Saturday 8th January
Akrotiri Peninsula, starting from Zakaki marsh
Leader: Dan Rhoads
With the appreciable rainfall of recent days, we were expecting to see a lot of waterfowl and wintering birds, hopefully some interesting.
First thing that was obvious at Zakaki: lots and lots of Coot and Black-headed Gulls, supplemented with about a dozen Shoveler and a fair number of Moorhen scattered about. Those who arrived early chatted a bit while casually keeping our eyes open, and were pleased to see a flock of 29 Grey Heron, followed shortly by a Cattle Egret. A bit while later there was also a probable Common Buzzard that we saw at a distance and judged as such from general size and shape, along with a “flick” of the wings that we saw while it soared. And every now and then a Water Rail would venture out from cover to let us have a look. There were also Chiffchaff, some Cetti’s Warblers and a Moustached Warbler about, not to mention the occasional White Wagtail.
After a while we noticed there was an Armenian Gull in with the large flock of Black-headed “Four-eye” Gulls, and four Mallards in the back, hiding. You could only really see the Mallards with a scope, which prompted someone to scan a bit more there, and they noticed a lovely Bluethroat hopping around on some flotsam at the edge of the reeds. Until, of course, the Bluethroat was startled off by a passing Marsh Harrier.
A brief stop-off down at the beginning of Lady’s Mile – by the Oasis Restaurant – led us then into a discussion about Armenian Gulls and its sister subspecies within the “Yellow-legged Gull Complex,” as there were 4 Armenian Gulls with a Caspian Gull. Also off in the distance were two soaring raptors which we thought were again probable Common Buzzards, this time having seen their silhouettes a bit better.
Then we continued on to Phassouri Reedbeds, which this year has a decent amount of water for the first time in years. Unfortunately so does everywhere else, and it remains unattractive to ducks and waders. Still, there were 4-5 Water Pipits there, and 2 Marsh Harriers, along with the Stonechats and Fan-tailed Warblers.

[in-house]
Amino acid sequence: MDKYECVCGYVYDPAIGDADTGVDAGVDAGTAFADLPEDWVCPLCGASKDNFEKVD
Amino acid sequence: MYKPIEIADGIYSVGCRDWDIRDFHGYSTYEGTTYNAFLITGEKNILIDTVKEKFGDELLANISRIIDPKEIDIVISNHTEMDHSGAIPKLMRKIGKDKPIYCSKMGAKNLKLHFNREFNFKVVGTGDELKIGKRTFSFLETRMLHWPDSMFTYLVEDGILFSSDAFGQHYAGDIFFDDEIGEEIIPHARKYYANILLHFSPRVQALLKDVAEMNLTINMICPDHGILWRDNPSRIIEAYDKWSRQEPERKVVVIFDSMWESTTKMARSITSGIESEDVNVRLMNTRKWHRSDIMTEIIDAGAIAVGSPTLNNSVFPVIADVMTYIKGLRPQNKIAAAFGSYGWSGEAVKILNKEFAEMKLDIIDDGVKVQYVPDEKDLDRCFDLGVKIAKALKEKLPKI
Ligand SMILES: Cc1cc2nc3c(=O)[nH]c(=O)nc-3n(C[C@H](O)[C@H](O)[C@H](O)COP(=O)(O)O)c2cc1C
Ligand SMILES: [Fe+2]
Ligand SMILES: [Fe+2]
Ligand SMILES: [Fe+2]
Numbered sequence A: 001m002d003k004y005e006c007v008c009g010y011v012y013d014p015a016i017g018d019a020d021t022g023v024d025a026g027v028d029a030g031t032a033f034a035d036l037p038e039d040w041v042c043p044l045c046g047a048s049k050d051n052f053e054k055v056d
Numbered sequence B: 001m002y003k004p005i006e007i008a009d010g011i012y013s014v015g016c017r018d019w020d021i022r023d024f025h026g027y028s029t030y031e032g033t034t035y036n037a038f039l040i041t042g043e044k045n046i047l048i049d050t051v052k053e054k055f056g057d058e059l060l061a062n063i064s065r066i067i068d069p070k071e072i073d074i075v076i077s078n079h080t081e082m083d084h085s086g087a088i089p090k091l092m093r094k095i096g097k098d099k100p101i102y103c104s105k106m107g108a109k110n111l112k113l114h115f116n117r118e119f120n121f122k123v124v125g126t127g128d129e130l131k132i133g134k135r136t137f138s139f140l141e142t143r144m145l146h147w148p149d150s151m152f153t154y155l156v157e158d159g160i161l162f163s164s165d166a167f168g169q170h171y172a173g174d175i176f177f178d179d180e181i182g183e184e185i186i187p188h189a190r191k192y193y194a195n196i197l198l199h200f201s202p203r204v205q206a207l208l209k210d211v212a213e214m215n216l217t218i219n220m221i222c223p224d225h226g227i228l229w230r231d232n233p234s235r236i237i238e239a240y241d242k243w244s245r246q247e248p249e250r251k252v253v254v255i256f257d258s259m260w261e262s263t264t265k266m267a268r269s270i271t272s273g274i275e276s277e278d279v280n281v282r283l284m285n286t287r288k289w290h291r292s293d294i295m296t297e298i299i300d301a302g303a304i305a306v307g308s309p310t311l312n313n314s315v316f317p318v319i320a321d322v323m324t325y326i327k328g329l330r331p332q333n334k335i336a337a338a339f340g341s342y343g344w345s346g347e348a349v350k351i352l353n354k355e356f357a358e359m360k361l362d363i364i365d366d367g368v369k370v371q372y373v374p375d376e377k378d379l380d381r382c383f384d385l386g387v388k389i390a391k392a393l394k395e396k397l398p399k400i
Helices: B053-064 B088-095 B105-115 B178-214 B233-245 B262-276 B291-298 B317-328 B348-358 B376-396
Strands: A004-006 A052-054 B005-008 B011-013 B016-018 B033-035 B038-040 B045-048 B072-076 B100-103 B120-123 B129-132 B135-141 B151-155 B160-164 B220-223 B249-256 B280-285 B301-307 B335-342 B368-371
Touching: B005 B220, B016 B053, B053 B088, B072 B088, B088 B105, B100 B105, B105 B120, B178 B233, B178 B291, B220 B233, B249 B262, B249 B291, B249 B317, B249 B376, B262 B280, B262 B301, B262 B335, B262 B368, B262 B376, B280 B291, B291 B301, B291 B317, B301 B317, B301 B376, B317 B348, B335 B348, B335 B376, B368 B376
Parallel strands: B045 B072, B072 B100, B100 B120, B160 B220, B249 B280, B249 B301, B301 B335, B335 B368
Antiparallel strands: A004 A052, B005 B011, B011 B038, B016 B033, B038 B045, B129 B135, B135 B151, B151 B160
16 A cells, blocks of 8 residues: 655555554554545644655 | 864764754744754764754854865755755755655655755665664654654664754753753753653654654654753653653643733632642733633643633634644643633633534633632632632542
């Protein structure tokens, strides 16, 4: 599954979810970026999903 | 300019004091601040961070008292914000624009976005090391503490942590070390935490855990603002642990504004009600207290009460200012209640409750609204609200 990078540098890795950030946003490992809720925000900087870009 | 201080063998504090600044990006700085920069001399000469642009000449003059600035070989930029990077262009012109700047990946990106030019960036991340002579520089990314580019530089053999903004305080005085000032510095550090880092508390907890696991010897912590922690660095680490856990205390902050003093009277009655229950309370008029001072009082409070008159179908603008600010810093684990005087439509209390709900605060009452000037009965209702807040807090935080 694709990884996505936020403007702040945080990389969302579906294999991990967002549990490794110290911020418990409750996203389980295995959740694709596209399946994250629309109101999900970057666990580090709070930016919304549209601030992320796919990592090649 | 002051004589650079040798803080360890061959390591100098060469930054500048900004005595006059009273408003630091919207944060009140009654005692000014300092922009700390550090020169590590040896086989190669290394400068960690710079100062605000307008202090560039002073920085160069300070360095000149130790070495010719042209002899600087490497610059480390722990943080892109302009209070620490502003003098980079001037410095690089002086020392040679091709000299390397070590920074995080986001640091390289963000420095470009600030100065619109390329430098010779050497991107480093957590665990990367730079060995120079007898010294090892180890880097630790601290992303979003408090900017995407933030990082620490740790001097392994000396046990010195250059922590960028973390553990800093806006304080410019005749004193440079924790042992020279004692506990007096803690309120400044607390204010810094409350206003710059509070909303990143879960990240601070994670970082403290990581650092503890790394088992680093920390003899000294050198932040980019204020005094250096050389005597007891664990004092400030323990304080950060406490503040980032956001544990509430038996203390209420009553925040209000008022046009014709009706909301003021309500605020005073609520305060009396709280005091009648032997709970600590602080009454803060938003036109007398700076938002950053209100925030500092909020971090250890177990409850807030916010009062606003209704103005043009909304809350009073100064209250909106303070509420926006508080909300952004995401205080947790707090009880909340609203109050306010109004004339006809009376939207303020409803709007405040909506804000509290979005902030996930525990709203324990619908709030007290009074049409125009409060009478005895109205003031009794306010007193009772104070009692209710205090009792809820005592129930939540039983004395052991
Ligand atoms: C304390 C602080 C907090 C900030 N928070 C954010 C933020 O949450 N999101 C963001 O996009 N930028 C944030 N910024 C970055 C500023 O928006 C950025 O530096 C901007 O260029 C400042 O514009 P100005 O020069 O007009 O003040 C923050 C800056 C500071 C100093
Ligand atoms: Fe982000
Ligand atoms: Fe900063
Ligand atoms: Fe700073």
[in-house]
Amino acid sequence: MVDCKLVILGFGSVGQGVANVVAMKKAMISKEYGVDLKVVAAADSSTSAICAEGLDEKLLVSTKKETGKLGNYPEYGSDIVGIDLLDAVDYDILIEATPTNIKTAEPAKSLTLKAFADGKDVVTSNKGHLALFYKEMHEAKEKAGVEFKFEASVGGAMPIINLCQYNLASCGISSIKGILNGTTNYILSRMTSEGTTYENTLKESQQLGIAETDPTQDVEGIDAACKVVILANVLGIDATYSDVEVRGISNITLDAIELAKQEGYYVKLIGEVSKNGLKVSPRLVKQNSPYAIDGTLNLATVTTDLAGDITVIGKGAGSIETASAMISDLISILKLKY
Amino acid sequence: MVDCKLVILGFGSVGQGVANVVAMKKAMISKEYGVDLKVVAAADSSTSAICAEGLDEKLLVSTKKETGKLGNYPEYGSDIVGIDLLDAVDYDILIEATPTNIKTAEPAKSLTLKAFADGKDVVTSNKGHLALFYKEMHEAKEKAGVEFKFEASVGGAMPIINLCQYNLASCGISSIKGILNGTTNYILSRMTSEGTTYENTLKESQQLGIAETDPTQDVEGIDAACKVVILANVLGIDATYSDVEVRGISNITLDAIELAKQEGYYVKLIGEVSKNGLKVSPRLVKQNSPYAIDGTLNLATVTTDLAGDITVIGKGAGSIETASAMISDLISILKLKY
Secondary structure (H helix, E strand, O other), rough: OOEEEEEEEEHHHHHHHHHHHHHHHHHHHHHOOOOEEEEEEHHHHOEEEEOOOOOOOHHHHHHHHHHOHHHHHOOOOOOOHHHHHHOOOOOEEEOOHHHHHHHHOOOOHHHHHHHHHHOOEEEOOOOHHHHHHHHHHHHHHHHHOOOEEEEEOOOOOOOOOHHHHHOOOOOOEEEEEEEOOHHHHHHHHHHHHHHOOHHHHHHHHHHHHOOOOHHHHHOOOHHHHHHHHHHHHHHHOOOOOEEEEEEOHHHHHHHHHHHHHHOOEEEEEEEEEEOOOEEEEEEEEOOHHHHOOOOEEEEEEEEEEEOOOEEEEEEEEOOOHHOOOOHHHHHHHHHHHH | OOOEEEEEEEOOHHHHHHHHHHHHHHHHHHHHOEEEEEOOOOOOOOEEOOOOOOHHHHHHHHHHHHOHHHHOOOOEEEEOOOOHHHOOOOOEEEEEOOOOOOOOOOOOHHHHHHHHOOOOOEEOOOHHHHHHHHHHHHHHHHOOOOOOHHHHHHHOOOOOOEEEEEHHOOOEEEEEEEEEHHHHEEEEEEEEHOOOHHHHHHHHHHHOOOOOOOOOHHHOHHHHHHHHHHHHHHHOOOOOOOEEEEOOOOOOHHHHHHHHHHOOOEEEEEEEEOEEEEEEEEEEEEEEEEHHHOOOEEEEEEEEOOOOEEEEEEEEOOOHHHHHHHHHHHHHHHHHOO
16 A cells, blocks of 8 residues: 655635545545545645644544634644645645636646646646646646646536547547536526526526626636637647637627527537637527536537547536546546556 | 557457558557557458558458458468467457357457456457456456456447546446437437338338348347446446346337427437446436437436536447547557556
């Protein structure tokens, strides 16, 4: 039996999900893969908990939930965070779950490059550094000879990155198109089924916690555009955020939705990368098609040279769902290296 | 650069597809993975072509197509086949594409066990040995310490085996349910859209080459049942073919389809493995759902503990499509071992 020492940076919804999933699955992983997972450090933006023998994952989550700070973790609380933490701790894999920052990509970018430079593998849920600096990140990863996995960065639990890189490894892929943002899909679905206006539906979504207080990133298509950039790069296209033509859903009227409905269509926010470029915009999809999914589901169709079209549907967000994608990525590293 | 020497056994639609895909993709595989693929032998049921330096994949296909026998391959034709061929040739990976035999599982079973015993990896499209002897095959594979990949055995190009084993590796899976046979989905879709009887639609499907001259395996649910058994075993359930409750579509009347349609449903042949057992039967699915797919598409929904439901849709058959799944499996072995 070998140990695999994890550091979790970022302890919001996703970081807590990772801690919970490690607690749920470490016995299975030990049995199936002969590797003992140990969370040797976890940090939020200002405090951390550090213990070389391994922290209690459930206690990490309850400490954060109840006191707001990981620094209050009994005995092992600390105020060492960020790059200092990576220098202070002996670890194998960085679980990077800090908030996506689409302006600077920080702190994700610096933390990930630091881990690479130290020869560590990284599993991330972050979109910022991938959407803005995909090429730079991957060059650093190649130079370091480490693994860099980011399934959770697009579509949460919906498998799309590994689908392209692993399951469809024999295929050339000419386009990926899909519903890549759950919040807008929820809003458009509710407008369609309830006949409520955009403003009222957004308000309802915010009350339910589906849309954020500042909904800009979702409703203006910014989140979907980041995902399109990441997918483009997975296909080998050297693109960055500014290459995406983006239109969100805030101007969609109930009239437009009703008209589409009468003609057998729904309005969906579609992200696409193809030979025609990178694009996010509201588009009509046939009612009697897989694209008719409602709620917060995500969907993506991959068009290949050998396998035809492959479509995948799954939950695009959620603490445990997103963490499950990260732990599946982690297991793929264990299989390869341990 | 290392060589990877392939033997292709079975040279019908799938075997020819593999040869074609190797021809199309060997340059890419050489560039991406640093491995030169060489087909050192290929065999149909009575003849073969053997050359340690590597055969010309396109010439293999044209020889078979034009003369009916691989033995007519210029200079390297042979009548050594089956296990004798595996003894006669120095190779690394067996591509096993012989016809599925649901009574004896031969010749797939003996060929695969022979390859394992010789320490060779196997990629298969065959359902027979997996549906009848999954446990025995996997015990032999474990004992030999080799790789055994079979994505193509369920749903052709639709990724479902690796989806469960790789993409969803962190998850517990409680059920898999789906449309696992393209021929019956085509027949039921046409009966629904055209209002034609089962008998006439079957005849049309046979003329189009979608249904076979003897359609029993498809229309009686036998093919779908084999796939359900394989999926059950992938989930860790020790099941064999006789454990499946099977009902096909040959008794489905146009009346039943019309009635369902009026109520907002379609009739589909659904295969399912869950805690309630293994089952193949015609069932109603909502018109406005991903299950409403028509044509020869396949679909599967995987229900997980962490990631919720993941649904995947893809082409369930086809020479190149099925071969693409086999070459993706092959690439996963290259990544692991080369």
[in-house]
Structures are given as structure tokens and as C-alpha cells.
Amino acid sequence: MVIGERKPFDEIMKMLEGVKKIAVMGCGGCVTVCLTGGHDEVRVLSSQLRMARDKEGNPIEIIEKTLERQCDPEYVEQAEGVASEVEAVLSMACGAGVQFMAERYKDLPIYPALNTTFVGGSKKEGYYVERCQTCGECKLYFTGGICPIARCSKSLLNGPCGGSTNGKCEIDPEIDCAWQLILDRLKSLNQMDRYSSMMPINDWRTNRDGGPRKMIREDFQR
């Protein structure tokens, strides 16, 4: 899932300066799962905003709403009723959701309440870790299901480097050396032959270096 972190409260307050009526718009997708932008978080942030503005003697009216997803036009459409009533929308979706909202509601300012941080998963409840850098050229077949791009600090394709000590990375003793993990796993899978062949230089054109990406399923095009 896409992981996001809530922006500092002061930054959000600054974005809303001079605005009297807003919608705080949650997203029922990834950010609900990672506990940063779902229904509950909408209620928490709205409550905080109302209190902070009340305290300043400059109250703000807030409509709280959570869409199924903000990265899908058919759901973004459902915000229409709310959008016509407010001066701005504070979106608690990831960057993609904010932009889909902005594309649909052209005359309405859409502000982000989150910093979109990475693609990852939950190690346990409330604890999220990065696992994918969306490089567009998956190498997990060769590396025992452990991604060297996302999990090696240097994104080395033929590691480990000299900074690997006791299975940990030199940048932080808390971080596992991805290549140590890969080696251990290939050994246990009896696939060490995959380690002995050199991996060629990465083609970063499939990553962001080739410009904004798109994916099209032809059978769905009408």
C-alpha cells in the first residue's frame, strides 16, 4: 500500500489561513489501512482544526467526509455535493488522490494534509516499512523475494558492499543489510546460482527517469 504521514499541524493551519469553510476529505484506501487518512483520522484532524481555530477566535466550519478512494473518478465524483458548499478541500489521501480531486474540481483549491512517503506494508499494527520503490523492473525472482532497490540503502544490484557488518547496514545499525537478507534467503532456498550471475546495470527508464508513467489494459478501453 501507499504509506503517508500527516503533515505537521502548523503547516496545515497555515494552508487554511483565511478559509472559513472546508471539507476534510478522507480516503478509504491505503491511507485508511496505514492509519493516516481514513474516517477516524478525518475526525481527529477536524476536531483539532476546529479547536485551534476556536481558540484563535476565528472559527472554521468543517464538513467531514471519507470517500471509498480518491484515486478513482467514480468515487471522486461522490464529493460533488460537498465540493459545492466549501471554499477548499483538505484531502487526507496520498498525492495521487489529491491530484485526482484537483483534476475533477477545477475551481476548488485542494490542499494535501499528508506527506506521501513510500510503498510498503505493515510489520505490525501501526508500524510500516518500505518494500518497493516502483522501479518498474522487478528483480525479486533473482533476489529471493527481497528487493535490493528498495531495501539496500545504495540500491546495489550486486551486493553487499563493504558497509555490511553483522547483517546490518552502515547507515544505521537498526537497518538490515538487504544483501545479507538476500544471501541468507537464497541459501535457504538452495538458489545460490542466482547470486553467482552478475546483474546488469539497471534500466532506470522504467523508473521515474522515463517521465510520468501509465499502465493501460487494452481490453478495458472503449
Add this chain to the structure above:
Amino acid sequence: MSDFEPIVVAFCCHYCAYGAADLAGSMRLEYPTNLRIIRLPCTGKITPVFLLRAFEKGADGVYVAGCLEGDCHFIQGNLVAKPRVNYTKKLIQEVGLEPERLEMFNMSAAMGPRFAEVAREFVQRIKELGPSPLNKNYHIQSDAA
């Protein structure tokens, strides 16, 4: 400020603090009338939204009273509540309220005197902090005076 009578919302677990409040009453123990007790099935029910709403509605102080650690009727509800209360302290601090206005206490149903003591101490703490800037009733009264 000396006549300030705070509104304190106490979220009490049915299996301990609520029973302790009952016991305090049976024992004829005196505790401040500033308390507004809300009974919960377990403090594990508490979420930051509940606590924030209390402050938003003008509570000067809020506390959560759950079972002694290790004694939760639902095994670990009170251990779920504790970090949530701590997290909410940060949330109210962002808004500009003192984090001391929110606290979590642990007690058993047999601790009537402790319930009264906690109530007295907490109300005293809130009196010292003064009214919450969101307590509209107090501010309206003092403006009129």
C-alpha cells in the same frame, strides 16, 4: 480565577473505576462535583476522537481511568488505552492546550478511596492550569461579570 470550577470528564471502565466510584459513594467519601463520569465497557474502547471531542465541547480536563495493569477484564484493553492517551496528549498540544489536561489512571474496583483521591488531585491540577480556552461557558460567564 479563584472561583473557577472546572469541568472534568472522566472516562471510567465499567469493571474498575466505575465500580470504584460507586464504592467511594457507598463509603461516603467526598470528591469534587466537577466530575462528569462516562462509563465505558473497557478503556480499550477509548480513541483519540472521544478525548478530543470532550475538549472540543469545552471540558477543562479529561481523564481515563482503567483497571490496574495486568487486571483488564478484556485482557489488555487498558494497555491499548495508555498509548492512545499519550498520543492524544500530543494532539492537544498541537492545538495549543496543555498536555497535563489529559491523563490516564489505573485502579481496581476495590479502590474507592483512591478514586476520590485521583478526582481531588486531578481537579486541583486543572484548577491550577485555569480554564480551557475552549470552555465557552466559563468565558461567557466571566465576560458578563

Checking out the Akrotiri salt lake next from the view at Sylvanna Restaurant, we got the usual but wonderful sight of a few thousand Flamingo. There also appeared to be c150 Common Shelduck, although they were barely discernible at that distance which must have been close to a kilometer. Additionally the first arrivals at this spot were treated to a female Blackbird, and others noted 3 Meadow Pipits and there was a Kestrel later on.
Last, at Bishop’s Pool, we noted about 10 Blackbirds as we were pulling in, along with Chaffinches. At the pool itself were the expected waterfowl: Lots of Coots, along with 15-20 Pintail, 5 Wigeon, Shovelers, and Teal. There were fewer Teal than expected, but still several dozen out in the open. Elsewhere in the area were Woodpigeon, Sardinian Warbler, Great Tit, and Robin. Scanning the surrounding farmland, we noted a flock of Skylark that had taken off, and the Peregrine Falcon that may have set them off. There was a Grey Wagtail back at the pool then too.
With time running down till the birders’ luncheon, a handful of us hustled over to the back of the pool, by the reeds, to see if we could find Ferruginous Duck. When we reached the reeds, we quickly found where the majority of the Teal were hiding. I’d guess it had to have been over a hundred Teal took off in small groups. And in one of those groups, sure enough, we noticed a lone Ferruginous Duck!
TOTAL BIRD SPECIES: 50
Western Marsh Harrier
Common Black-headed Gull